I can’t think of a better pitch for a restaurant concept than “gourmet-level pizza on a waterfront cafe,” and this summer there are two Chicago restaurants that fit that description: Pizzeria Portofino, the Lettuce Entertain You concept hugging the north bank of the Chicago River, and Robert’s Pizza & Dough Co., an independent operation overlooking Ogden Slip in Streeterville.

Both appear to have bright futures, so let’s take a look at each one.

Pizzeria Portofino

Lettuce Entertain You’s latest pizzeria has been wildly successful. On sunny days (and there have been a ton of them since Portofino’s July 1 debut), the restaurant is jam-packed from noon to last call.

Reservations, available through Tock, get snapped up quickly; a quick search online turned up a few tables at 2:45 p.m., or 9:30 p.m. and later. Your options are to pick a date six weeks out and pray for good weather, or take your chances as a walk-in party.

Which is what I tried on my first visit, rolling in around 6 p.m. one Saturday. The hostess explained the dining room was fully committed, and frankly (but politely) said my chances of being seated were virtually nil. Undaunted, my wife and I headed for the bar, eventually staked out a little stand-up real estate, and had dinner that way. Which, on a sunny evening, was pretty pleasant.

Everything about the place is pleasant, really. Walking down the stone (well, concrete) steps from the Clark Street bridge to the restaurant immediately takes one out of the “I’m in Chicago” mindset. The open-air interior is done in stone and natural wood and includes an artificial arbor at ceiling height; servers are clad in white pants and navy-striped shirts. Sitting on (or gazing across) the patio and its white-wicker seating, watching the expensive yachts mosey along the water, and the Italian-Riveria effect is complete. Beyond the water is Chicago’s bustling Riverwalk, and the city skyscrapers loom just beyond that. There isn’t an unattractive view anywhere.

The challenge for previous occupants of the space (Bridge House Tavern most recently) is drawing customers during the many months that outdoor dining is impractical, if not impossible. Portofino intends to add awnings and space heaters to extend the outdoor season, but ultimately it will come down to the food, and Portofino does extremely well on that score.

Executive chef Doug Psaltis is in charge; I’ve practically lost count of how many Lettuce projects this jack-of-all-cuisines oversees (he’s the P in any RPM restaurant, for instance, including RPM on the Water, which will open above Portofino in a month or so), but he seems to be having a lot of fun with this menu, particularly the pizzas.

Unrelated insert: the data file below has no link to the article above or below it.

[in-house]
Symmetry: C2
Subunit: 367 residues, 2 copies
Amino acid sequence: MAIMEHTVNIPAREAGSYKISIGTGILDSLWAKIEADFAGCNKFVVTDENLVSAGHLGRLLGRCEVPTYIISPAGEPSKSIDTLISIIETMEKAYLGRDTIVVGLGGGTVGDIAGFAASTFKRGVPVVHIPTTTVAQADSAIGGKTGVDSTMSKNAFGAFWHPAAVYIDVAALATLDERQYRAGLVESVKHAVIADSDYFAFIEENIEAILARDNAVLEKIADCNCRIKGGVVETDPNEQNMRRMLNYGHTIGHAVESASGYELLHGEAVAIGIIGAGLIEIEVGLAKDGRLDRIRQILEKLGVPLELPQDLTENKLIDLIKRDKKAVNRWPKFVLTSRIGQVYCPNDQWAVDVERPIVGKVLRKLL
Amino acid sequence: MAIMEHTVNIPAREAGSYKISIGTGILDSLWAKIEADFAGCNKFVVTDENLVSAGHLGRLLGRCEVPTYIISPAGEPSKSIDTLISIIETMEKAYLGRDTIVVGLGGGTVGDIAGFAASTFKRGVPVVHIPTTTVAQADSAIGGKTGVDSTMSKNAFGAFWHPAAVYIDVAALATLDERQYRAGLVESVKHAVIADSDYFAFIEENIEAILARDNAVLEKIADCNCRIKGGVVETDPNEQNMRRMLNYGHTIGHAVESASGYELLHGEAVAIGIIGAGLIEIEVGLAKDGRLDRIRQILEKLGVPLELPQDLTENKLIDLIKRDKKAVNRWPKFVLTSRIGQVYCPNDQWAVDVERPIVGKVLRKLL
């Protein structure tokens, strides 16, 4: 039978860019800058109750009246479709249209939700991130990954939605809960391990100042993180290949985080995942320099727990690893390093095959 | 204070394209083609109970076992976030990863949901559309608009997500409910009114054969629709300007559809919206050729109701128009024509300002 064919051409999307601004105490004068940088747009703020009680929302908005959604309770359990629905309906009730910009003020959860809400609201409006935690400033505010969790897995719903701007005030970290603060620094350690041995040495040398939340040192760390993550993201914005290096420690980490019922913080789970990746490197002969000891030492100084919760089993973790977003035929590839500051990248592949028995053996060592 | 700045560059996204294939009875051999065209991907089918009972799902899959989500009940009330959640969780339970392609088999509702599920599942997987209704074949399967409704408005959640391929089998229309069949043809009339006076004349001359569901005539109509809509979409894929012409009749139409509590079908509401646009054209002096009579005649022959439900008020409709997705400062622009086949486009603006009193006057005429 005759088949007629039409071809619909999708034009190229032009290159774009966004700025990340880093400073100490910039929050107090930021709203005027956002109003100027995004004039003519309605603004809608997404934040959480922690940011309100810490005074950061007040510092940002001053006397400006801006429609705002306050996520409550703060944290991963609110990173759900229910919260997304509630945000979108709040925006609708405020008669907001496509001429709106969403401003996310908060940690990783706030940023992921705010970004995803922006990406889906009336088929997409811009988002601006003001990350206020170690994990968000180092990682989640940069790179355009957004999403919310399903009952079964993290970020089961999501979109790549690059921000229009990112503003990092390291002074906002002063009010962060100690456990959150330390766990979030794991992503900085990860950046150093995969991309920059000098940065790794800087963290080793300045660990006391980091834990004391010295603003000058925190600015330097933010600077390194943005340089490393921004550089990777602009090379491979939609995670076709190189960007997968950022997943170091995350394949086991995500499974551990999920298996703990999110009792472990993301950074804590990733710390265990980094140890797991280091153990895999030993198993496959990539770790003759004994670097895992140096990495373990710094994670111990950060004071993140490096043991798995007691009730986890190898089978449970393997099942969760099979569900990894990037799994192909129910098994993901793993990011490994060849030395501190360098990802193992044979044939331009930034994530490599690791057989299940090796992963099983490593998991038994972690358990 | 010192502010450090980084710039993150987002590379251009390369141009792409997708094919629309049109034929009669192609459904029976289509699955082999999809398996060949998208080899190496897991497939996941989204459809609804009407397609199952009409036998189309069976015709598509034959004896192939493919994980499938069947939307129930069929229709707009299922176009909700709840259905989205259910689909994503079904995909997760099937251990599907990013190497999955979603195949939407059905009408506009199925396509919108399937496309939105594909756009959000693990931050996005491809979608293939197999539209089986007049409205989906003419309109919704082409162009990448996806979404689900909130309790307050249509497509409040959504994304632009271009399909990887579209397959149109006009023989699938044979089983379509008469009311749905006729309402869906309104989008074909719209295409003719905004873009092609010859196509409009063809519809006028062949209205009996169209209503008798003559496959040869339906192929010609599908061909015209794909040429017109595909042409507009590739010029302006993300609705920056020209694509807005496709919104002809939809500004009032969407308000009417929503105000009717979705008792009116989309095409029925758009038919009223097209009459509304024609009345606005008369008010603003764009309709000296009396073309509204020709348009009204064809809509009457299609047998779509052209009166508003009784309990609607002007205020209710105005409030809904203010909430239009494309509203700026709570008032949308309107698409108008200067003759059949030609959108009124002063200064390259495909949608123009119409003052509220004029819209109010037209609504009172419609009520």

If pizza determines whether the restaurant rises (heh) or falls, Portofino will be in good shape. Psaltis’ pies have thin, light and crispy crusts, and the heels, aggressively charred by the wood grill, deliver a satisfying chew. The pizzas “have all the respect for Neapolitan pizza with none of the rules,” in Psaltis’ words.

Pies to try include the charred pepperoni, which has a lively but not overbearing spice presence, and the Pugliese with fennel sausage, rapini and pecorino. But the best thin-crust creation might not be a pizza at all; the foccacia, a Ligurian-style creation of super-light dough stuffed with stracchino cheese (“Italian cream cheese on steroids,” Psaltis calls it) is an addictive creation, suitable as a shareable snack. The focaccia name will confuse those accustomed to the more common, spongy bread, but they’ll love the taste.

For those who don’t dine on pizza alone, Pizzeria Portofino has plenty of pleasant distractions. Spicy tuna bruschetta is a nice appetizer mashup, and the watermelon and feta salad, bolstered by red onion, grape tomatoes and torn basil, is a refreshing starter. Pastas, in half and whole portions, include classic cacio e pepe, albeit one with a four-peppercorn blend, and trofie noodles with pesto. Among the grilled seafood, the delicious whole baby octopus serves as a fine entree and a strong hint that RPM on the Water will be worth our attention when it opens.

Spot-on service is a big plus, and the beverage program offers interesting cocktails and spritzes, and an all-Italian (a few Champagnes excepted), treasure-filled wine list by Richard Hanauer. One caution: The only chardonnay on the by-the-glass list (there are plenty of other options) is a premium pour for $27 — about double the price of the other wines on the list. It’s a delicious wine, but if you’re the sort of person who breezily orders chardonnay without so much as a glance at the menu, you’ll be in for a surprise.

Pizzeria Portofino

317 N. Clark St.


Tribune rating: Three stars

Open: Lunch and dinner daily; brunch weekends

Prices: Pizzas and pastas $15-$22

Noise: Conversation-challenged

Other: Cash-free